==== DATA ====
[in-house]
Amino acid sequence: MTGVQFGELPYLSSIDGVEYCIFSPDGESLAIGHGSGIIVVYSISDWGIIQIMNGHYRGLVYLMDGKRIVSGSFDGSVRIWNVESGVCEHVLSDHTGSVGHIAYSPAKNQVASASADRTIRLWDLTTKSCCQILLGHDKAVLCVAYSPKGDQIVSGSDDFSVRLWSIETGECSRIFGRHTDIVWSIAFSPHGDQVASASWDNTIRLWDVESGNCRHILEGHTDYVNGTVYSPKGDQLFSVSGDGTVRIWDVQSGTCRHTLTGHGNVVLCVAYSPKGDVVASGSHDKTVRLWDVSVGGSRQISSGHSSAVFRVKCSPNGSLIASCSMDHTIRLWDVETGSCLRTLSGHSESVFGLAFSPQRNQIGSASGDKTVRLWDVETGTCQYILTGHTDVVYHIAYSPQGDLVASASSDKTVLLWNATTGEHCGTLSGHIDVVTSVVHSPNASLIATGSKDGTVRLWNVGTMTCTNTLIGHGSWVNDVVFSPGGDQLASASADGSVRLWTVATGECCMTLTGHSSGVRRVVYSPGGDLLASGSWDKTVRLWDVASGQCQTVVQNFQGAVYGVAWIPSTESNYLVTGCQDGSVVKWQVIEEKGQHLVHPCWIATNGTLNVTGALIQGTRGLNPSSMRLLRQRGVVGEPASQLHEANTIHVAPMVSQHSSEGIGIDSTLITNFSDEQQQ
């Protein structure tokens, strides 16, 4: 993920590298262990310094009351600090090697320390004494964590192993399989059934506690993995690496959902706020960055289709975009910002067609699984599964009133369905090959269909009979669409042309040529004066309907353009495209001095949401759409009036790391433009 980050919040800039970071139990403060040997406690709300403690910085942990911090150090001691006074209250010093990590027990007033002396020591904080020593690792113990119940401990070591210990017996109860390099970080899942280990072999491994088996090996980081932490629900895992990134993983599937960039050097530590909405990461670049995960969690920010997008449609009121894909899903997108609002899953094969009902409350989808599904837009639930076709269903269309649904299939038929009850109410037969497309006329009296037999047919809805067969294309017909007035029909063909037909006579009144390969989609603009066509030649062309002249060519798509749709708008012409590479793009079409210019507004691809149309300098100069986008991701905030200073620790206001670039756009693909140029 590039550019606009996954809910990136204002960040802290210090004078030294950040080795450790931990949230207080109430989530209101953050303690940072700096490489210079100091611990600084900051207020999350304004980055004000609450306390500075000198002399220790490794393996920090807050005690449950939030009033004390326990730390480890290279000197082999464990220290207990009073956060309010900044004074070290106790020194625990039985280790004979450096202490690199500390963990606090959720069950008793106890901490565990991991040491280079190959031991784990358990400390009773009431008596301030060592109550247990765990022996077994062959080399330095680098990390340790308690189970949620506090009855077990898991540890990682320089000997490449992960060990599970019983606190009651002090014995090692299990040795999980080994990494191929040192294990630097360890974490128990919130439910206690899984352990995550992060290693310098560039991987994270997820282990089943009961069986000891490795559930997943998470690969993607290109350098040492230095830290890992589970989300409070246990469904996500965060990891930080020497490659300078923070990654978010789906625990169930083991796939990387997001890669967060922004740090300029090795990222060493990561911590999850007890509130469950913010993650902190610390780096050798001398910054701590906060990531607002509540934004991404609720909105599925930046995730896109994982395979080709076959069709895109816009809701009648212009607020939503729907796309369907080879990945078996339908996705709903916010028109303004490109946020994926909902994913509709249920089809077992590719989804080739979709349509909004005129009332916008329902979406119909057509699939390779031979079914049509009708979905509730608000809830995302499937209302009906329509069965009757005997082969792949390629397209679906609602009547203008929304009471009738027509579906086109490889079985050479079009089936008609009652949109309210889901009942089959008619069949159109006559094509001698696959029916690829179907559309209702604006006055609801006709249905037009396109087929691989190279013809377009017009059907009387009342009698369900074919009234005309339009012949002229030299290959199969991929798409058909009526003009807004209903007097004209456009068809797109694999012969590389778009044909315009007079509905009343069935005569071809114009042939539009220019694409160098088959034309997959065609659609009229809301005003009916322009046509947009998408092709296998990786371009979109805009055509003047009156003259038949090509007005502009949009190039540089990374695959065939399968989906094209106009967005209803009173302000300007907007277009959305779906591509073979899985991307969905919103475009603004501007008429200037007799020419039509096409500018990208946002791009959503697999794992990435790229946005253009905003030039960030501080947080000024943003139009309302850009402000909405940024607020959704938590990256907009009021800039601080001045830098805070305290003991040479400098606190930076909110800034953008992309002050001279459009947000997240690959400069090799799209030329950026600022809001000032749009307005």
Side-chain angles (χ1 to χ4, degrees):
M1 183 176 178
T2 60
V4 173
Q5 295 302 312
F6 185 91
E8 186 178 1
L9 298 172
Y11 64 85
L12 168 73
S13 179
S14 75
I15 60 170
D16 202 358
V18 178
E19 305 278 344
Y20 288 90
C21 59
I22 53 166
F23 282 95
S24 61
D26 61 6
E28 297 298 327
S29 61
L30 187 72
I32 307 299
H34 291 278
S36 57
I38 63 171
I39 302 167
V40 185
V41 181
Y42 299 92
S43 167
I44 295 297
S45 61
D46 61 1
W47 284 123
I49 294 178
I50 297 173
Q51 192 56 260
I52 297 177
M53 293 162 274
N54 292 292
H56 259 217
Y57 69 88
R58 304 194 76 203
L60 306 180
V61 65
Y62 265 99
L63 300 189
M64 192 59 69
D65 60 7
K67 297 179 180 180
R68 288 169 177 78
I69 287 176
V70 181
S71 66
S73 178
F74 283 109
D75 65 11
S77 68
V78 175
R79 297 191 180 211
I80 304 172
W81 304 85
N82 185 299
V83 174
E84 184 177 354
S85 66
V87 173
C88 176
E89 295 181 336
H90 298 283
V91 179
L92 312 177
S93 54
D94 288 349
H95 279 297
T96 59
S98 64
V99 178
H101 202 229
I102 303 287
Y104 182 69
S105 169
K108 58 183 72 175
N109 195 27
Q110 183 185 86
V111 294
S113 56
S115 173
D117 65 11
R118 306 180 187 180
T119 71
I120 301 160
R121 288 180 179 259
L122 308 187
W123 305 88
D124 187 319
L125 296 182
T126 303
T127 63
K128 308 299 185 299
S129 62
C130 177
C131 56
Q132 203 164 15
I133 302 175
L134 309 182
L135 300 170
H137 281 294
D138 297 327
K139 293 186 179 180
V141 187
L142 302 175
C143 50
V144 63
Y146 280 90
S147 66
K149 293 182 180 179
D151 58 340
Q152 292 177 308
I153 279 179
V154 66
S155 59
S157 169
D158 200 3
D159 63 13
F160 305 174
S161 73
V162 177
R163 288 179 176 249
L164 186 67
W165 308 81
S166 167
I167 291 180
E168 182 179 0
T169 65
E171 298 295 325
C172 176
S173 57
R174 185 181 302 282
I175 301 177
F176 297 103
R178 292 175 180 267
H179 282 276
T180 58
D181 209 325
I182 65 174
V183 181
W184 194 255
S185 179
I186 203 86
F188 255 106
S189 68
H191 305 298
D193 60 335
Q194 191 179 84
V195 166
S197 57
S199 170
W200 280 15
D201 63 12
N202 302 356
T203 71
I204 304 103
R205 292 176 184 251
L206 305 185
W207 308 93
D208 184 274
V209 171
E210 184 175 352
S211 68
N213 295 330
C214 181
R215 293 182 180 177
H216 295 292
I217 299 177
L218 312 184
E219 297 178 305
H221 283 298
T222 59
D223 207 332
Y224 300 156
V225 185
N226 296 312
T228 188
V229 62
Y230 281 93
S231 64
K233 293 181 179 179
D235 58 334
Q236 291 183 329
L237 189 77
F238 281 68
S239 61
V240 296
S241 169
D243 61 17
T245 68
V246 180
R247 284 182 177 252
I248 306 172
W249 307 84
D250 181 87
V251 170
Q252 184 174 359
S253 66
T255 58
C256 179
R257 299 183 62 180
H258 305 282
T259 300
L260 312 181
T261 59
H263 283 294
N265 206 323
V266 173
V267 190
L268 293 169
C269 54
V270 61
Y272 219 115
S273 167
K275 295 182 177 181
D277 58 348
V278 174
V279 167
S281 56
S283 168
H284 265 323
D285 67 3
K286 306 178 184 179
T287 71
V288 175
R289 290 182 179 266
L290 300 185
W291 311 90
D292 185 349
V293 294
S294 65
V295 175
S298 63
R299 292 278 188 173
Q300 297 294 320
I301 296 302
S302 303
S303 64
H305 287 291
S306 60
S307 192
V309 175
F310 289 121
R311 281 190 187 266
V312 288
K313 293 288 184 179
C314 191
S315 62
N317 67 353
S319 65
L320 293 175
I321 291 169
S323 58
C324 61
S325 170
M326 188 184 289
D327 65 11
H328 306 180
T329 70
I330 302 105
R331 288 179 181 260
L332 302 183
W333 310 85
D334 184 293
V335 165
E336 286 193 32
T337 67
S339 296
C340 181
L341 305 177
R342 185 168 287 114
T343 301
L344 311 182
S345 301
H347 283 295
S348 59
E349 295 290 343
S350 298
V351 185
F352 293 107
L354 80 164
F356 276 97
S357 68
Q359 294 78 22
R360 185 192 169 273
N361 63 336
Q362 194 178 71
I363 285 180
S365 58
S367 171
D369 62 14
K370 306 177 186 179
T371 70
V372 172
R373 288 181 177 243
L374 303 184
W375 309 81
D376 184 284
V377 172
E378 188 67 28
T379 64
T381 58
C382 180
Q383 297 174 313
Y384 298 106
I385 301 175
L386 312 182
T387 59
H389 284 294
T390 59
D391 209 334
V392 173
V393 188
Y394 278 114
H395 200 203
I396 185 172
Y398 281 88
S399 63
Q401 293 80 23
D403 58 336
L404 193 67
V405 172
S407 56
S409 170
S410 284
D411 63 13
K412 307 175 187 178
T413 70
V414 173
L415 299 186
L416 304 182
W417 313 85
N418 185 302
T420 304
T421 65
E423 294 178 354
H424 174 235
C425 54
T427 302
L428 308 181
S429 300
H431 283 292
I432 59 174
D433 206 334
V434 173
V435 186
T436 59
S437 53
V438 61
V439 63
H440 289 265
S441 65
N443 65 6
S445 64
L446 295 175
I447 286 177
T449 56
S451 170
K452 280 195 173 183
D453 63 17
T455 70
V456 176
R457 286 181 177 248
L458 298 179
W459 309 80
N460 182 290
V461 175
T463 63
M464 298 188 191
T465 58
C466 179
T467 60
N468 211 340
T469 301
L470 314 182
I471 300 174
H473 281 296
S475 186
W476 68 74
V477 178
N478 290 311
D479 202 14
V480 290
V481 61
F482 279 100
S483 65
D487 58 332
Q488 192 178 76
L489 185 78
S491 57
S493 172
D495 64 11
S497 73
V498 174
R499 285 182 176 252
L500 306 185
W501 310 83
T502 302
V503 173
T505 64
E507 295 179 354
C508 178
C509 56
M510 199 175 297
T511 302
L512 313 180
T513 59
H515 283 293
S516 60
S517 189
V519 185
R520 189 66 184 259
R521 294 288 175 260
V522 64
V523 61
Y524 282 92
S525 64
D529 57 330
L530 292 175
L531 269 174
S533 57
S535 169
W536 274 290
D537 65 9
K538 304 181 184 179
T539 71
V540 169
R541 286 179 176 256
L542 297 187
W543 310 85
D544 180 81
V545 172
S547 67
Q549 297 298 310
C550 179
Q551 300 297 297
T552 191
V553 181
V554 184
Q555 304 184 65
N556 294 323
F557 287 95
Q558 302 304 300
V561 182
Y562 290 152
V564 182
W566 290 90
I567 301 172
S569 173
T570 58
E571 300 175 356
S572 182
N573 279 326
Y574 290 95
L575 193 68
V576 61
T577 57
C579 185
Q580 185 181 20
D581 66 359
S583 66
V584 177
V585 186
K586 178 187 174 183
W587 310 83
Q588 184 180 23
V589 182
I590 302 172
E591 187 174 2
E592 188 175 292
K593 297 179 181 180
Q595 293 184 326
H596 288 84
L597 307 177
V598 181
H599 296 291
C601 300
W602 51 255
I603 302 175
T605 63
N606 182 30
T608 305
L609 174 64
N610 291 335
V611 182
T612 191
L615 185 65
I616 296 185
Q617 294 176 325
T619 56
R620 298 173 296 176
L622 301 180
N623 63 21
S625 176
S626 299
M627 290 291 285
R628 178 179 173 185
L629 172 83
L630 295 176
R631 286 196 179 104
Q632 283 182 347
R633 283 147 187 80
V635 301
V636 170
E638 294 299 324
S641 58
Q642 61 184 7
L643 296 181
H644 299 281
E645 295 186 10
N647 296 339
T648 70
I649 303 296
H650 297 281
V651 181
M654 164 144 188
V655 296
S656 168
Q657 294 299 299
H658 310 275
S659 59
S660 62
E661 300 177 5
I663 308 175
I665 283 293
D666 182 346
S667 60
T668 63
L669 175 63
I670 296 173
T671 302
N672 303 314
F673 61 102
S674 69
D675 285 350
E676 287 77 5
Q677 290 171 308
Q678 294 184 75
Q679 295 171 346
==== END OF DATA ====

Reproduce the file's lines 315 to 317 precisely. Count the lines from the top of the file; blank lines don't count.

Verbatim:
T379 64
T381 58
C382 180